Afghanistan has been experiencing for the past 32 years of calamity after calamity.
The disastrous period began with the overthrow of President Daud Khan in 1978 by Communist, and the subsequent invasion of Afghanistan by the former Soviet Union. After a seven year disastrous occupation of Afghanistan, the Soviets left the country with a puppet Communist regime that was able to hold ground, with Soviet support, against a resistance movement whose members were dubbed the “holy warriors” or “Mujahedeen’.
Afghanistan already one of the least developed nations, became even more dependent on the international community as its economy continued a downward decline. After three years of Soviet withdrawal, the puppet Communist regime fell to the “Mujahideen in April 1992, and the end of the Communist era led to a civil war that lasted until 1996, when the Taliban appeared on the Afghan scene. The Taliban, supported and organized by Pakistan, ruled with an iron fist from 1996 until 2001, when the United States in cooperation with the international community ousted them from power for harboring Osama Bin Laden, the master mind of 9/11 attacks on the United States.
Unfortunately, throughout these political and military transformations and changes Afghans suffered for one reason or another, and no light appeared at the end of the tunnel given the extent of the abuses and the lack of sound leadership. However, 2001 marked the beginning of the beginning of hope for most Afghans. Unlike the past, the international community appeared serious about engaging Afghanistan to reverse a tide of fundamentalism—foreign to the average Afghan— that was imported by Al-Qaeda and facilitated by Pakistan, Saudi Arabia and the United States. A fundamentalism that not only broke the back of the Afghan spirit, but one that posed a serious threat to the international community.
The Soviet invasion of Afghanistan was a nine year war that was fought between a Marxist-Leninist regime, supported by the former Soviet Union, and “Mujahideen” or “holy warriors” mainly supported by the United States, Saudi Arabia, Pakistan and Iran. It was a clash of ideologies that were fought blindly and mindless with Afghans as pawns and sacrifice, and Afghanistan as the battle ground.
Based on reliable sources such as the United Nations, that war led to the deaths of around 1 to 2 million Afghans, caused 5-10 million Afghans to flee to Pakistan and Iran, cause 2 million internal refugees, left 1.2 million Afghans disabled and 3 million maimed or wounded, as well as leaving most of Afghanistan’s agricultural system unusable (for a country that is mainly agrarian this was a blow to its Achilles tendon) due to aerial bombings and attacks from both sides on villages and irrigation systems, and importantly led to the flight of many of Afghanistan’s intellectuals, the void of which was filled by uncanny, sectarian characters with dubious respect for human rights.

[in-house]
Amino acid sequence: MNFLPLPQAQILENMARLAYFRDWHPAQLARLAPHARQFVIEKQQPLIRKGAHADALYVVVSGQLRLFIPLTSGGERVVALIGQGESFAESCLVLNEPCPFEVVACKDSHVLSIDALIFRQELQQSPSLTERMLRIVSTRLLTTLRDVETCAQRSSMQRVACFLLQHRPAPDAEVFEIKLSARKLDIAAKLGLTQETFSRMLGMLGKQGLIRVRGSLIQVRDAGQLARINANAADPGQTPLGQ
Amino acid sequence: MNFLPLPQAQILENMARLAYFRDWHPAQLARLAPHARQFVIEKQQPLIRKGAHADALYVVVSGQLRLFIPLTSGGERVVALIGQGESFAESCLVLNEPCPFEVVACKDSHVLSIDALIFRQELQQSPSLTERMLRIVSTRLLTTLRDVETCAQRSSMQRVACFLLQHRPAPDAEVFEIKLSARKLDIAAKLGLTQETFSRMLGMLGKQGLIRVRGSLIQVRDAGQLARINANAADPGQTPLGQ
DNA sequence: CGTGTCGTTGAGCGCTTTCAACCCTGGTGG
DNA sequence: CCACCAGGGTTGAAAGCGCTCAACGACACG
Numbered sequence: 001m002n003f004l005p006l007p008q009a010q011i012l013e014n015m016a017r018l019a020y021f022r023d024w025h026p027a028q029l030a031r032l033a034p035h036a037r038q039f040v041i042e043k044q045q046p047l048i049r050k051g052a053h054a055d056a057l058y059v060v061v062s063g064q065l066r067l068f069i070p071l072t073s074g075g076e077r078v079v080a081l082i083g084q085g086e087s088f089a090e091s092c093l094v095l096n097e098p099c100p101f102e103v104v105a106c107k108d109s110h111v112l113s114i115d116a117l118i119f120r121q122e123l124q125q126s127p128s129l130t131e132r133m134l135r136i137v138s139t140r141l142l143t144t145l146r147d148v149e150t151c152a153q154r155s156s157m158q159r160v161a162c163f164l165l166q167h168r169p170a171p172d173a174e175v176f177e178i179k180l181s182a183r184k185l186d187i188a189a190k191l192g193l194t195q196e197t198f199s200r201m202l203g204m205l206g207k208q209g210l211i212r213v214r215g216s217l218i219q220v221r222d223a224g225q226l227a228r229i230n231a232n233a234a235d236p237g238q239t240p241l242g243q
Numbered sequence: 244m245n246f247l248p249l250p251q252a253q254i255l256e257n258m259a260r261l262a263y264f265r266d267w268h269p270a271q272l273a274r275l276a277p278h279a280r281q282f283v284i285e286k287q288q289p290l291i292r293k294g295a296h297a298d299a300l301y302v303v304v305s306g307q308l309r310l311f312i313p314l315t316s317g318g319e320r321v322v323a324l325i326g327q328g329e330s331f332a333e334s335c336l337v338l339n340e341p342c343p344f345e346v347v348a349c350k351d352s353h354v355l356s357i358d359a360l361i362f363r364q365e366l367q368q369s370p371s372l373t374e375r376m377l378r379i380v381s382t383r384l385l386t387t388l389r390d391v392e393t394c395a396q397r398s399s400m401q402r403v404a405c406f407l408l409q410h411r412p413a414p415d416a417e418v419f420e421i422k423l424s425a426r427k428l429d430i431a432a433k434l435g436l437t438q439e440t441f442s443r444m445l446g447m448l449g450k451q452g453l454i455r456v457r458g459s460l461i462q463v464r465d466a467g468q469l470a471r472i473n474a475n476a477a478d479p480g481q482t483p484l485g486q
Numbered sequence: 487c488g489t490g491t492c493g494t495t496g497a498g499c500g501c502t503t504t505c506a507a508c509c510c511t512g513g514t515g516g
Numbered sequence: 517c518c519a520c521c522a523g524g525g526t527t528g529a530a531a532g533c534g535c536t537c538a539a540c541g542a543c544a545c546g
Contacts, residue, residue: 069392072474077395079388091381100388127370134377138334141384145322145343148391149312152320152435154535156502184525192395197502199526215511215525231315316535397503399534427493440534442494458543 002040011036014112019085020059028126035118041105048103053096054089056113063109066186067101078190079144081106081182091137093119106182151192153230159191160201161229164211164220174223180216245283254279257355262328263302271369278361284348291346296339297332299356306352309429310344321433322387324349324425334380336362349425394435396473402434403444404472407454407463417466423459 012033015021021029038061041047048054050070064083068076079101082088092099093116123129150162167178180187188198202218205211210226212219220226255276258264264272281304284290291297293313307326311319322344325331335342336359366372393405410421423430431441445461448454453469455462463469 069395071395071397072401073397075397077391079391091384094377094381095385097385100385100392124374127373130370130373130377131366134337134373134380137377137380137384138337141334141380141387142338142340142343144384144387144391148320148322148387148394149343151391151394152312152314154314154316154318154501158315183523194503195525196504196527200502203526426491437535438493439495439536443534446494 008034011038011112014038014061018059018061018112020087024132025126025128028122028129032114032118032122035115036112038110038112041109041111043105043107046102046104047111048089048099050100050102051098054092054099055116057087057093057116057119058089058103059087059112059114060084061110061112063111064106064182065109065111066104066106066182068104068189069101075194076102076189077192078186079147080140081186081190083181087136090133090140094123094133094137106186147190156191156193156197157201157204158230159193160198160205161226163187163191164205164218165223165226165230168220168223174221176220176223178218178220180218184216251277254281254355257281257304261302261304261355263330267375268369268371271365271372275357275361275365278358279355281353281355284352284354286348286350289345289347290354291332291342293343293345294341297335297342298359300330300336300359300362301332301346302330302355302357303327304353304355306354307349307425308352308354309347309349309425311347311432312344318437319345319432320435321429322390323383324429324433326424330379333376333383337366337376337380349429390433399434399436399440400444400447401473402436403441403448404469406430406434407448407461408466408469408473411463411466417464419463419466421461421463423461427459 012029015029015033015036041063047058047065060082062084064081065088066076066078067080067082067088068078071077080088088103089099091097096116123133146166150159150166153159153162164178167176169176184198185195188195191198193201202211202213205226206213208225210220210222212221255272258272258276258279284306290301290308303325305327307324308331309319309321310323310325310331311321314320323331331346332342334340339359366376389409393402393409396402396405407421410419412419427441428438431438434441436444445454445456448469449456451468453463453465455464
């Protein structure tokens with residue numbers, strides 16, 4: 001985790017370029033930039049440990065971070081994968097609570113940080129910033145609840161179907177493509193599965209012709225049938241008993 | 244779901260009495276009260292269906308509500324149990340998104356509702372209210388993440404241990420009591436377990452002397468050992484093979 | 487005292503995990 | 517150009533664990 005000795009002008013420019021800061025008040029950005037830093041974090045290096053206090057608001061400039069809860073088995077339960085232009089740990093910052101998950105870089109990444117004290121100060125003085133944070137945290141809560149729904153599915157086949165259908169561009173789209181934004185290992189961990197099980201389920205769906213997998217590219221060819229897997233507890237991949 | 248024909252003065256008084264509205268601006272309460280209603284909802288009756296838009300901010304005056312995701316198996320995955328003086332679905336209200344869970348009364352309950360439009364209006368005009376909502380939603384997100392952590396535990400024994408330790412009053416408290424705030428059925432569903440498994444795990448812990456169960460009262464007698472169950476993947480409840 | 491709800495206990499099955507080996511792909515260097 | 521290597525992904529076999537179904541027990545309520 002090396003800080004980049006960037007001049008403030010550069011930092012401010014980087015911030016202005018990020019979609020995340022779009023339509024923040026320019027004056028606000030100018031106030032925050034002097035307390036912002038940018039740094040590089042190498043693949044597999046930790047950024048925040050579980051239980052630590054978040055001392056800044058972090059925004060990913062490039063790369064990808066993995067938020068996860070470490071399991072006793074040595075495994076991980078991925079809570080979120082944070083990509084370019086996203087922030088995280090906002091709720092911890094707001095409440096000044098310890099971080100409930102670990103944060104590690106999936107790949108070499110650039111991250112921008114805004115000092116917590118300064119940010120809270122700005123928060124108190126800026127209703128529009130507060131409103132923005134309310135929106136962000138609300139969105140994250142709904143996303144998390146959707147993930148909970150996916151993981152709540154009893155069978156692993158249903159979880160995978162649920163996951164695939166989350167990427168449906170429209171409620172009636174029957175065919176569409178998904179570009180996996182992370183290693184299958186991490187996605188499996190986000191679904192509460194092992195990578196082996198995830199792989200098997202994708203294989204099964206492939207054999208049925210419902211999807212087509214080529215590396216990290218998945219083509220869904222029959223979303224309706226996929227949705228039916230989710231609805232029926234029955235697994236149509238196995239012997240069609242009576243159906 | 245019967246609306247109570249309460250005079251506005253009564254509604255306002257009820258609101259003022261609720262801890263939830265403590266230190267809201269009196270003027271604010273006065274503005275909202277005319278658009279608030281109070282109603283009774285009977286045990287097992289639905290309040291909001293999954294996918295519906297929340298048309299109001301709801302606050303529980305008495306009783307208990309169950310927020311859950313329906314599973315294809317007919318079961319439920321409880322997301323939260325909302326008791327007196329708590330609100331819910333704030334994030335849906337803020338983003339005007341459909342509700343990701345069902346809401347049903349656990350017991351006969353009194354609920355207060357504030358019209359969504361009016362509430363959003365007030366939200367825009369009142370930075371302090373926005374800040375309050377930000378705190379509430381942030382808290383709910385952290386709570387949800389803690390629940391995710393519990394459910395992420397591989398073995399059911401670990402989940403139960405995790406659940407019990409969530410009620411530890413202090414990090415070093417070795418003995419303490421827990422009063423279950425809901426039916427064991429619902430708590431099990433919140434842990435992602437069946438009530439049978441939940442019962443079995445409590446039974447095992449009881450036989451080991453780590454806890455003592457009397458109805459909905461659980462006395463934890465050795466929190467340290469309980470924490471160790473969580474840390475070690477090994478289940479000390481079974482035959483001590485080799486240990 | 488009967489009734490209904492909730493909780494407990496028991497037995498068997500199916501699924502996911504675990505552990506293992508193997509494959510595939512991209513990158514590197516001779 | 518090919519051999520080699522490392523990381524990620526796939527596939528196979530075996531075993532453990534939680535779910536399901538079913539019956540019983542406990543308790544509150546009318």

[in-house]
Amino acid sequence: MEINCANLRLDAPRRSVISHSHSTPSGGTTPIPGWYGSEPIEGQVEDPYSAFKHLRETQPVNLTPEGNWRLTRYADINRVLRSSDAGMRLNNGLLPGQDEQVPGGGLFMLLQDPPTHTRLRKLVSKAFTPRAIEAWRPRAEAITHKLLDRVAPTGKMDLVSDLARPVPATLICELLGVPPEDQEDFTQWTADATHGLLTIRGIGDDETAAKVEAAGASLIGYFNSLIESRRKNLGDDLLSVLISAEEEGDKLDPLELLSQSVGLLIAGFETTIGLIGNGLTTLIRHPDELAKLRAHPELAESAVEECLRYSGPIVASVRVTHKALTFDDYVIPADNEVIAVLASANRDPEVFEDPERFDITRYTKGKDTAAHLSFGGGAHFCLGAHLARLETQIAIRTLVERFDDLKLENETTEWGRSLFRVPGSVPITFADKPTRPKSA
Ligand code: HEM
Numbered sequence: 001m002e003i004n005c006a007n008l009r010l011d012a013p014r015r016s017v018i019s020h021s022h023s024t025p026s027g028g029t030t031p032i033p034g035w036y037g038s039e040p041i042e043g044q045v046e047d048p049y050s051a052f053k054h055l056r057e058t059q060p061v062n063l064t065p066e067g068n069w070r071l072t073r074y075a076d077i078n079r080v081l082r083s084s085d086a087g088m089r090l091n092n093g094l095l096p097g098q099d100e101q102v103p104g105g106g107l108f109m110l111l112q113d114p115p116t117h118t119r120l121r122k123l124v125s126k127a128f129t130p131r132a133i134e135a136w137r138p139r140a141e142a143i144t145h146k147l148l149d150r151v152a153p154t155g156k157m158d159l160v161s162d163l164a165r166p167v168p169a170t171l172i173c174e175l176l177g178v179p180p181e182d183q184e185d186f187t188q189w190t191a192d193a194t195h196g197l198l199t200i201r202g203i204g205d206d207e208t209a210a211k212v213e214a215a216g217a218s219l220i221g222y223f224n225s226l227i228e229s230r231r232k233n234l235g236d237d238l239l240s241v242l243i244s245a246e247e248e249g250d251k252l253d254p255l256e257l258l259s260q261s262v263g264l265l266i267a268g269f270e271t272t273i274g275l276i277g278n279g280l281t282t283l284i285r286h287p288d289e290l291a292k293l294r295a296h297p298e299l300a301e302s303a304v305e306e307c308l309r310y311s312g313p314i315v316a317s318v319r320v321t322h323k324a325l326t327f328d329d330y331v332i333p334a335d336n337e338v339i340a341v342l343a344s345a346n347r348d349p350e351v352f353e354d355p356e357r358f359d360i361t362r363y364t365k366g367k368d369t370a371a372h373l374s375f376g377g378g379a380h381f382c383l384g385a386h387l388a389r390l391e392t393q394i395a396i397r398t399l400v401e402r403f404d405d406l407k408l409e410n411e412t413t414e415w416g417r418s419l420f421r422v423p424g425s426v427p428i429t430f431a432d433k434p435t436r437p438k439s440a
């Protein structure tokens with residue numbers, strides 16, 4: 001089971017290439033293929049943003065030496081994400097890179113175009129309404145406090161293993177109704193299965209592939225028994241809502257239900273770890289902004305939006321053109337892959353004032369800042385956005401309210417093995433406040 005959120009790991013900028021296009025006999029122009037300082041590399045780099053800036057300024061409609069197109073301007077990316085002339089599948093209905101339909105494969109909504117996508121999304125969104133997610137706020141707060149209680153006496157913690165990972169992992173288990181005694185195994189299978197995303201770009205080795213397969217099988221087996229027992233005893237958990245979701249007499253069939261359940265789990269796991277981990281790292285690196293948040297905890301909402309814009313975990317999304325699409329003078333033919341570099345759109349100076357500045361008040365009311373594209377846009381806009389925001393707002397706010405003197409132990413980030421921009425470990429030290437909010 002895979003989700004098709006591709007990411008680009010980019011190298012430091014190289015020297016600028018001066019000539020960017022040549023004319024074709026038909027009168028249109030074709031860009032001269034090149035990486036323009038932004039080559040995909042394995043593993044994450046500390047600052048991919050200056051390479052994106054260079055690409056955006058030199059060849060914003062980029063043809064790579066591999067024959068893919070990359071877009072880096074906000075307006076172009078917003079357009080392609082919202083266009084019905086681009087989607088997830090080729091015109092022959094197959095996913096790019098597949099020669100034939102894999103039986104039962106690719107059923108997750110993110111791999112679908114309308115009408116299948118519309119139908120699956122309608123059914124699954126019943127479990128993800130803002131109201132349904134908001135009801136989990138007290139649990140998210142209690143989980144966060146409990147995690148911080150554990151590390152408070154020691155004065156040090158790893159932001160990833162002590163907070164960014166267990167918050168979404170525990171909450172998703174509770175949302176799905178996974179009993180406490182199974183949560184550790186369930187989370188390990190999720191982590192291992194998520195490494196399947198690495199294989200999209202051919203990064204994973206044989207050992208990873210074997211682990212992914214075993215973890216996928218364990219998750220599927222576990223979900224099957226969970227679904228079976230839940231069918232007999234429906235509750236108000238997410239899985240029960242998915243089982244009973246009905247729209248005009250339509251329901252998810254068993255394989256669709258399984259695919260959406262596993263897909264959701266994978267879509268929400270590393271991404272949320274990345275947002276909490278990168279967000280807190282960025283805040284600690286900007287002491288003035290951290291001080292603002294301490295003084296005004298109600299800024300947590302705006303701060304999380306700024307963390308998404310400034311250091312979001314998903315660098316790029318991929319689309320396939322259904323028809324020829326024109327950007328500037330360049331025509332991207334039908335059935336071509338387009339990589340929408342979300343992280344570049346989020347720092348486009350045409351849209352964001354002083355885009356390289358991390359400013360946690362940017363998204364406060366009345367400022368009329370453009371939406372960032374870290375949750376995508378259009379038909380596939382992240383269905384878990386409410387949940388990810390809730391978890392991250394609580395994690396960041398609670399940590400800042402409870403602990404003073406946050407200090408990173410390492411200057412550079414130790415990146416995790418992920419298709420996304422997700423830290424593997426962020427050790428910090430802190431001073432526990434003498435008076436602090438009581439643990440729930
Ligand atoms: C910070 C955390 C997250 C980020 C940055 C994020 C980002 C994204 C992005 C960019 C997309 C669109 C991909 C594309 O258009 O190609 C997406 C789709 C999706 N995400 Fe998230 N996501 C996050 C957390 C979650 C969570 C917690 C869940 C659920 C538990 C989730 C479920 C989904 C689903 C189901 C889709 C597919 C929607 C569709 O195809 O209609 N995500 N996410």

After the fall of the last Communist president, namely Najibullah Ahmadzai, the “holy warriors” nurtured in Iran and Pakistan brought their leaders to Afghanistan’s capital, Kabul, and unleashed a civil war for power that led to a second round of destruction and human loss. This shameful period of destruction continued from 1992 to 1996. Unfortunately, as a result of this war, thousands of innocent Afghans died, tens of thousands were made homeless or refugees, and the entire Afghan political and military establishment was destroyed.
At this point, Afghanistan had no true government, even in a symbolic fashion. Despite the immeasurable sacrifices that were made by Afghans the international community packed-up and left Afghanistan to its own wolves and her ill-intentioned neighbors, specifically Iran and Pakistan. According to some accounts, Pakistan had benefited from the Afghan wars by receiving up to 40 billion dollars in military and monetary aid from the international community.
Seeing the timing perfect, Pakistan for its own interests, i.e. to install a puppet government, created and supported the Taliban, which led to round three of destruction and human suffering. Meanwhile, Iran was supporting its own proxies that killed, disabled and maimed countless innocent civilians.
In 1994 a band of 50 religious students in Kandahar, southern Afghanistan, under the leadership of Mullah Omar, frustrated with the on-going civil war, began an armed campaign to disarm and curtail the power of the “holy warriors” who had brought destruction and enmity between the various strata of Afghan society. The Afghan masses frustrated with the dire situation that the “holy warriors” had created supported the Taliban movement, and as consequence with lightening speed they were able to conquer one major city after another from the warlords of the “holy warrior” groups.
In September of 1996, with support of the Pakistani intelligence service, ISI, the Taliban were able to wrestle the Afghan capital, Kabul from the warring factions. There was a sense of happiness amongst Afghanistan’s masses that law and order might once again come to Afghanistan. To their chagrin, the new rulers of Kabul were living in another century; instead of concentrating on avenues that would lift Afghans from their dire economic needs, they passionately engaged in draconian laws to redeem the masses from the corrupt social ailments. Amongst their laws they forbade women from leaving home without a male relative, men were forced to sport a beard, schools for women became irrelevant, and support for Al-Qaeda, which had began during the Soviet invasion (by USA, Saudi Arabia and Pakistan), and subsequently by the “holy warrior” clans that murdered and destroyed Afghanistan in their civil war for power continued.
Meanwhile, while Afghanistan had become a forgotten nation by the international community, it had become a battle ground for Pakistan, India and Iran to contest. The Taliban were accused of being Pakistan’s proxies, and their rivals known as the Northern Alliance as proxies for India and Iran. In this proxy war, once again the Afghan population became the sacrifice for the contests. As a consequence, swaths of agricultural lands were burned, schools razed to the ground, unlike Afghan culture, women were beaten in public, commerce had come to stand still, and rule of law had draconian and out fairy tales. In the lawless land that had become Afghanistan, meanwhile, Al-Qaeda was entrenching itself and would eventually formulate the attacks on 9/11 against the United States.